VIRTUAL EXERCISE: WHAT DOES IT REALLY MEAN?
by Emma Hogan
Technology is changing at a rate of knots, and so are the terms we use to explain it. These days the term virtual can mean, well, virtually anything. So what exactly is virtual exercise?
For most of us, words like virtual, almost and nearly are interchangeable. So if you almost make it off the couch and nearly do a workout, have you done a virtual workout? Sadly not.
Virtual fitness is the fusion of exercise with technology. But if this conjures images of awkwardly powering through sets of star jumps wearing a virtual reality headset – fear not. Virtual workouts are the same workouts you already know and love, or perhaps want to try, designed for ease and convenience to suit your own schedule and needs.
Typically, virtual workouts are played in gyms on the big screen – some clubs have them prescheduled and some facilities enable you to play the workout whenever you fancy. It’s the round-the-clock accessibility that makes them a hit with everyone from shift workers to moms, and anyone else who’s not keen or able to battle rush hour at the gym.
Virtual classes are often a gateway for live group fitness classes. So, if the thought of joining a throng of confident, seasoned group exercisers in a packed fitness studio daunts you, virtual could be the way to go. Virtual workouts typically attract smaller numbers, and you can go at your own pace, which makes them ideal if you’re a novice looking to learn the moves.
Not all virtual workouts are created equally. The best are based on proven exercise science. Choose a LES MILLS™ Virtual workout and you’ll be doing the same workouts that are loved by millions worldwide. These workouts are developed by fitness professionals, they feature moves developed by exercise scientists and subjected to a rigorous testing and development process. What’s more, they are led by highly-skilled presenters who have been hand-picked from all over the globe.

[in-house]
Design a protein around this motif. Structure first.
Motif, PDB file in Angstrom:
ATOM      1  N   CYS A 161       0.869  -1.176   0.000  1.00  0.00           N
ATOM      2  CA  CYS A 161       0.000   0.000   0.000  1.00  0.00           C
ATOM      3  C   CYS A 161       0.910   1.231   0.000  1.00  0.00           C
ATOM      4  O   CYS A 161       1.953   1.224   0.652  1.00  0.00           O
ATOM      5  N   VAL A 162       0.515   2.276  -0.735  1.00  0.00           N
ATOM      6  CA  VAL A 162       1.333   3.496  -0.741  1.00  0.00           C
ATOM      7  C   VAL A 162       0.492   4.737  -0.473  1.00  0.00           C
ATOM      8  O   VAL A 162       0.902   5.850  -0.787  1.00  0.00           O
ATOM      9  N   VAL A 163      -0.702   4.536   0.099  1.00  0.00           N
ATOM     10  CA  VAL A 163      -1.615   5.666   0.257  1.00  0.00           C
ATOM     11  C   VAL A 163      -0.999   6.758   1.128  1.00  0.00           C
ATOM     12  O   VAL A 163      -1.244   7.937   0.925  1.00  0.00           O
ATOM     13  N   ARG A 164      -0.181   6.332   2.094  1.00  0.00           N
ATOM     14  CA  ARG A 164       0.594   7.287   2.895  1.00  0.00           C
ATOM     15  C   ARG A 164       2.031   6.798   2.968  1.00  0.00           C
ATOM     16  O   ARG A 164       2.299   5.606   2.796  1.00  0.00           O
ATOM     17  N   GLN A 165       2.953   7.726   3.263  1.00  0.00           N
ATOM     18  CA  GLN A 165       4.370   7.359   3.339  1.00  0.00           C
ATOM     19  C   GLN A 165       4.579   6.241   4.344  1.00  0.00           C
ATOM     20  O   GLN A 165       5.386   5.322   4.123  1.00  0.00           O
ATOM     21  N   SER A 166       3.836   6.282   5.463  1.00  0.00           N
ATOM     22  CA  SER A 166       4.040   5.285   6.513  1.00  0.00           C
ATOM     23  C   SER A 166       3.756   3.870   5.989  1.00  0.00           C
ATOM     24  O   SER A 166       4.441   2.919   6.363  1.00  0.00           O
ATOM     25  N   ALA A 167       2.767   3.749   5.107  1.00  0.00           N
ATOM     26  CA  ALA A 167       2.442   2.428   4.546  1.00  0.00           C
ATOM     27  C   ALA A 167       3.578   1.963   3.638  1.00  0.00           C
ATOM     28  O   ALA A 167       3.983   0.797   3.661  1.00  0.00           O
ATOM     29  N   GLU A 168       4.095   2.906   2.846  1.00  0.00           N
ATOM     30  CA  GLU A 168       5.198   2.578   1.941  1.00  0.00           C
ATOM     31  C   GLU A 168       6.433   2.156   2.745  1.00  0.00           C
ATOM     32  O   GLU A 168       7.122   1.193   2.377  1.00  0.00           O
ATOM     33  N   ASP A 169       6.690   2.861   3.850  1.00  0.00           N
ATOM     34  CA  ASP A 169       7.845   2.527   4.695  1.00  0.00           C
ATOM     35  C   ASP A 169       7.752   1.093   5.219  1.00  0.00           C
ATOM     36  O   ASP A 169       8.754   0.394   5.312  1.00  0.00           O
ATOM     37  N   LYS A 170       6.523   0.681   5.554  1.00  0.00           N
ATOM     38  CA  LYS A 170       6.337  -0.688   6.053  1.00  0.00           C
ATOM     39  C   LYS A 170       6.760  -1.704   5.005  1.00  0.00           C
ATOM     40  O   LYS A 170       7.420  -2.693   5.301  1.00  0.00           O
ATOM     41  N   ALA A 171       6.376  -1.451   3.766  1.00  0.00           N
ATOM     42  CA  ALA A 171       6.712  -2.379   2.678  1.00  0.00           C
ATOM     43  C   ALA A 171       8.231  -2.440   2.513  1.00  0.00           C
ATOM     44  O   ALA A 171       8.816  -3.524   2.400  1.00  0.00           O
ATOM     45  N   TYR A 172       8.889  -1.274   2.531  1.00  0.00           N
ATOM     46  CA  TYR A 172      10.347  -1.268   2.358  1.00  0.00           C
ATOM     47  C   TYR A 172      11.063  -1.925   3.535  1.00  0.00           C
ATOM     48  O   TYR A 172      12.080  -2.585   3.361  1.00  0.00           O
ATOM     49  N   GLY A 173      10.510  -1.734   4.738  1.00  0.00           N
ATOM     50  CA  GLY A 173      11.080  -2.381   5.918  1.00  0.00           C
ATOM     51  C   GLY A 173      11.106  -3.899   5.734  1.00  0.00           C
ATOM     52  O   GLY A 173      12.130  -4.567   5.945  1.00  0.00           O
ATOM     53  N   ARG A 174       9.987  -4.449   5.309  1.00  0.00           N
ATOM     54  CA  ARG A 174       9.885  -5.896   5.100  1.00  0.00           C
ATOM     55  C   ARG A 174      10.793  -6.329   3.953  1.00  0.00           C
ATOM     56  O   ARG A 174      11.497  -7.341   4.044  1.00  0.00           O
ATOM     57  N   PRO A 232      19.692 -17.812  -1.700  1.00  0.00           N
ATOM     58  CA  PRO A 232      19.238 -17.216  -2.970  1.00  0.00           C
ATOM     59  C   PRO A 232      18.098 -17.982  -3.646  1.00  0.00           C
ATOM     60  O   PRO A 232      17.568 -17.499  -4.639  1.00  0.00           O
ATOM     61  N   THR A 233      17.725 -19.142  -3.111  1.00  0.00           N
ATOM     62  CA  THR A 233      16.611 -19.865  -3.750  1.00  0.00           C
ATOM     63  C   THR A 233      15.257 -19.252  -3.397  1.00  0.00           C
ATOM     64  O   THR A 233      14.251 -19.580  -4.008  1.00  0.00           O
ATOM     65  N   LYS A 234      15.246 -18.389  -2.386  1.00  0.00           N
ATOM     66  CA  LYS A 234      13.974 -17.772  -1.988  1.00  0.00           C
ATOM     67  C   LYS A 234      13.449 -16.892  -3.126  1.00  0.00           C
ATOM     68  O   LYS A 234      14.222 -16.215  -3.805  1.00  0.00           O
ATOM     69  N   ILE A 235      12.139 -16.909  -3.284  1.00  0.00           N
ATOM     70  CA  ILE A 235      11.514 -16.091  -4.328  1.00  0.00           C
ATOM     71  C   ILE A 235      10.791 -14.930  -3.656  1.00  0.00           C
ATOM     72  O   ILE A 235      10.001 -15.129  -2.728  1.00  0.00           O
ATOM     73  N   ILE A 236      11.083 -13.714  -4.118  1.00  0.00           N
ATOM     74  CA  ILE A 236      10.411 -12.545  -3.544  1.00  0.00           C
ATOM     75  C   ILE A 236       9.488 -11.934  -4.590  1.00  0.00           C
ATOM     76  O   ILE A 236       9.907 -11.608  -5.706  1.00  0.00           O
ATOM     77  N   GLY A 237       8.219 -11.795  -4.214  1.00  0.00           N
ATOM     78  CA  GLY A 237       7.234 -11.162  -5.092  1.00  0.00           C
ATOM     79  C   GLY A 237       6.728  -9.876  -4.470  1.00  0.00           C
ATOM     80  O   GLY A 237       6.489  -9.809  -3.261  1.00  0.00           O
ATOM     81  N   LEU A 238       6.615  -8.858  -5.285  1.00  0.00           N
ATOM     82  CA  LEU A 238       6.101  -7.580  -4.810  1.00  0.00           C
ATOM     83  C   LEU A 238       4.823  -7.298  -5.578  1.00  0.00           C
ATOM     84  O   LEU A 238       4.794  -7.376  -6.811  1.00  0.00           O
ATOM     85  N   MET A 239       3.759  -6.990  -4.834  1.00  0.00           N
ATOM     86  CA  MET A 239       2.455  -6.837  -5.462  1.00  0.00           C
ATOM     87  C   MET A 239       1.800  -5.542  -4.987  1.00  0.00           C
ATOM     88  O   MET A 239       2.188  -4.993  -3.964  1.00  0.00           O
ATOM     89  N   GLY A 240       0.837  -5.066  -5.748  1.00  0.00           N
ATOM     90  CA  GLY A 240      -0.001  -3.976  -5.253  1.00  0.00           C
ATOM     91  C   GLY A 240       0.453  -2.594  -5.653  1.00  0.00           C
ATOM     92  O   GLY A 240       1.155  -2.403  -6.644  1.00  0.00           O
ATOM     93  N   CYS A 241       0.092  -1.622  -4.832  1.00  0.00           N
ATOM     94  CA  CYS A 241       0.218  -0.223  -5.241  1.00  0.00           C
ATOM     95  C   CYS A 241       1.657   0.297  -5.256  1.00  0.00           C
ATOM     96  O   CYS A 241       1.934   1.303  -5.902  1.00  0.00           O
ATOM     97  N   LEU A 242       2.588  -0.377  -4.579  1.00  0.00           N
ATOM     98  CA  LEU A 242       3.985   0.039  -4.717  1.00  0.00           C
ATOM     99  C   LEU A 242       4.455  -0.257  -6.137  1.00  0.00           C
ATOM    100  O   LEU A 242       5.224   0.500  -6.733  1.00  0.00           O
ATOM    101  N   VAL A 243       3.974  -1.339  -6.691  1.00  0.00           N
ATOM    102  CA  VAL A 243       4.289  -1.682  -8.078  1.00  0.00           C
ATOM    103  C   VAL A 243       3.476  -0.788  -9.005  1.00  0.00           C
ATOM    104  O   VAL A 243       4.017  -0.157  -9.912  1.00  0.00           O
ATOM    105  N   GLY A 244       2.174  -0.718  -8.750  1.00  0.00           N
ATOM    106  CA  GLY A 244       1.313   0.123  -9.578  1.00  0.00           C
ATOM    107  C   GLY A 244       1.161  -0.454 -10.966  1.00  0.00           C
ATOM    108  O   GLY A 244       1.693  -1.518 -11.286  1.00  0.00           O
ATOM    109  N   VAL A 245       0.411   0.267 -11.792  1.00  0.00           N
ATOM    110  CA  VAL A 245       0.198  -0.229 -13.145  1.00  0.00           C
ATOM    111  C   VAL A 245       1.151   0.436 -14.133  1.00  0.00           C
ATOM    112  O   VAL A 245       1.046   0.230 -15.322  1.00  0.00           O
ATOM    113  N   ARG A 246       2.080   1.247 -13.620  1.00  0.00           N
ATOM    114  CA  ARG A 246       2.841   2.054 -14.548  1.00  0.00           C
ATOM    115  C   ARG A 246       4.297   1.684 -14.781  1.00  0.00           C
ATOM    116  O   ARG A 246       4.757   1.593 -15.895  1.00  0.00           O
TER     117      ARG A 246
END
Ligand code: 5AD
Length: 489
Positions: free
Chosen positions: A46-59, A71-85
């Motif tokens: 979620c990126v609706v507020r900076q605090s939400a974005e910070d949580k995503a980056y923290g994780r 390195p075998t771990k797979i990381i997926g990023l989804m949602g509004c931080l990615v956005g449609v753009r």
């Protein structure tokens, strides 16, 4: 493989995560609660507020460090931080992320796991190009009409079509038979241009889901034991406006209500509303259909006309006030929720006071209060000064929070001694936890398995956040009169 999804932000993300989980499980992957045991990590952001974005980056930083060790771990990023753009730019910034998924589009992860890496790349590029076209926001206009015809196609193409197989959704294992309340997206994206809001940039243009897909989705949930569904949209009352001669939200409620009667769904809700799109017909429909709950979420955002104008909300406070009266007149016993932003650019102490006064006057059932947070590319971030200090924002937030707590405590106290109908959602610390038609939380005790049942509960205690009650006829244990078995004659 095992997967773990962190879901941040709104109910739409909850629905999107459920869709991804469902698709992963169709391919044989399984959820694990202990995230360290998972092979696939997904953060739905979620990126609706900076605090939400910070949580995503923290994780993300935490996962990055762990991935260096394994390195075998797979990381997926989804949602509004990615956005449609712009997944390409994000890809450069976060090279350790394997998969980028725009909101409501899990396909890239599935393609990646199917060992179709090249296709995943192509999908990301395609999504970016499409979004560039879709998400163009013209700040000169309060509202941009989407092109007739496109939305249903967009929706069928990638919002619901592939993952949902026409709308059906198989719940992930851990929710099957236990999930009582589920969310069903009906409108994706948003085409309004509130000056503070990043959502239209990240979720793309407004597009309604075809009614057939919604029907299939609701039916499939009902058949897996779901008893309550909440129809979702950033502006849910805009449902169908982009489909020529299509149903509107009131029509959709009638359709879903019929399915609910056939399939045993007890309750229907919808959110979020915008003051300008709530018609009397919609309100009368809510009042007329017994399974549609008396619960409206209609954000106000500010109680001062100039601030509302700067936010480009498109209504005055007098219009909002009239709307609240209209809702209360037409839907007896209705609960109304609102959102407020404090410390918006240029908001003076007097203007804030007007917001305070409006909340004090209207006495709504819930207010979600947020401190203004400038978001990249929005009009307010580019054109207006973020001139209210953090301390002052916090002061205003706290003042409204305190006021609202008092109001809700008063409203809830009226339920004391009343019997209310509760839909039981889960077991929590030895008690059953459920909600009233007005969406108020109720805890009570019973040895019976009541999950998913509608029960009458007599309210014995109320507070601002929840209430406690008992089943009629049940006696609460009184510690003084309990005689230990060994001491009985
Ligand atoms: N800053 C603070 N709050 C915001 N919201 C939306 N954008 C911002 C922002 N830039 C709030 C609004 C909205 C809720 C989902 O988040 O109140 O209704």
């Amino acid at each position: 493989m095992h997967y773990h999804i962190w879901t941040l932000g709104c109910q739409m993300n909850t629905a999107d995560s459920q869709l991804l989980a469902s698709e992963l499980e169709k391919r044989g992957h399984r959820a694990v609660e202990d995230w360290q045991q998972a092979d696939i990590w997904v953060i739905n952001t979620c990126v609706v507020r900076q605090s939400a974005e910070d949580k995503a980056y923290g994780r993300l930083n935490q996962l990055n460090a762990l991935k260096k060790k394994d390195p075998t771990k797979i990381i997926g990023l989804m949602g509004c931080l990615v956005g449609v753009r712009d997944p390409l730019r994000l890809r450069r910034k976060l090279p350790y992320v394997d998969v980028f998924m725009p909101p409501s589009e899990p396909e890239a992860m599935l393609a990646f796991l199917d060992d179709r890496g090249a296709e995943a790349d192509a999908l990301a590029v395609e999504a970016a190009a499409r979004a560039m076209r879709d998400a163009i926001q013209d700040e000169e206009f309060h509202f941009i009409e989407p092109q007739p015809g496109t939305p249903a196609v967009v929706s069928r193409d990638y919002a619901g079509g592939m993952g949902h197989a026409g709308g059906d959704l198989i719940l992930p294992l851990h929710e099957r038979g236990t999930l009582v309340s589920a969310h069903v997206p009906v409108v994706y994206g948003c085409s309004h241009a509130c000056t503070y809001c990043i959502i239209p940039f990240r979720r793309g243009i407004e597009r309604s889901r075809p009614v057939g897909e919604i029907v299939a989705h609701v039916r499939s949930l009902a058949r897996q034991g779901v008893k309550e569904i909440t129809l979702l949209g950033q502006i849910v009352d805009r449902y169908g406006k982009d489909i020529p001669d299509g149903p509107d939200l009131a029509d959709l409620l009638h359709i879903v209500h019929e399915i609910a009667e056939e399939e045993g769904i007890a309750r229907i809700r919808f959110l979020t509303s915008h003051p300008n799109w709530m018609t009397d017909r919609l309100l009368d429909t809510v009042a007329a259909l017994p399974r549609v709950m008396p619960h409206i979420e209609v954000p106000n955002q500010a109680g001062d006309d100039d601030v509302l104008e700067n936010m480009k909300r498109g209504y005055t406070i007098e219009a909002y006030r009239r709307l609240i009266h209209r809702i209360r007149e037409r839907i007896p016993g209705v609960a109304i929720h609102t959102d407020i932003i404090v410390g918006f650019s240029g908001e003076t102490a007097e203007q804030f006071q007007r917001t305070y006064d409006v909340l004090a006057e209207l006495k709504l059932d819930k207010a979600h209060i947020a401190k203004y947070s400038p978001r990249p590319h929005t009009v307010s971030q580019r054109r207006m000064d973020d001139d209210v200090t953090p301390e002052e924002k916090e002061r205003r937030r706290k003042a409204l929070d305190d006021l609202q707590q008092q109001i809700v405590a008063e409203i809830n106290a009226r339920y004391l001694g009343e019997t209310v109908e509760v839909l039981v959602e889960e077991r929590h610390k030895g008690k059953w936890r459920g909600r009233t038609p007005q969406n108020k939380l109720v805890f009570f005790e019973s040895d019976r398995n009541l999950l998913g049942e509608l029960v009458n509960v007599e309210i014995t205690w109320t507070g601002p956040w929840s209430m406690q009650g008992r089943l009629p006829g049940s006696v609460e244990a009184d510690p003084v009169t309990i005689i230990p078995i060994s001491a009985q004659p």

Research shows the camaraderie of group fitness can be very beneficial, and there are also findings indicating that technology-based “virtual” group fitness can be advantageous too. A University of Michigan study looking at group fitness video games found that those who worked out virtually had increased motivation and performed better than when they were alone. It all came down to the fact they were alongside “superior” players. This suggests that when people work out virtually, the fact that they are exercising alongside leading fitness professionals on-screen may help them raise the bar and improve performance.
There’s also proof that the sensory experience created by modern technology can help. A recent study of immersive cycling class THE TRIP™ showed the audio-visual components encourage participants to work out at harder than they perceive with less discomfort.
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This piece originally appeared on lesmills.com.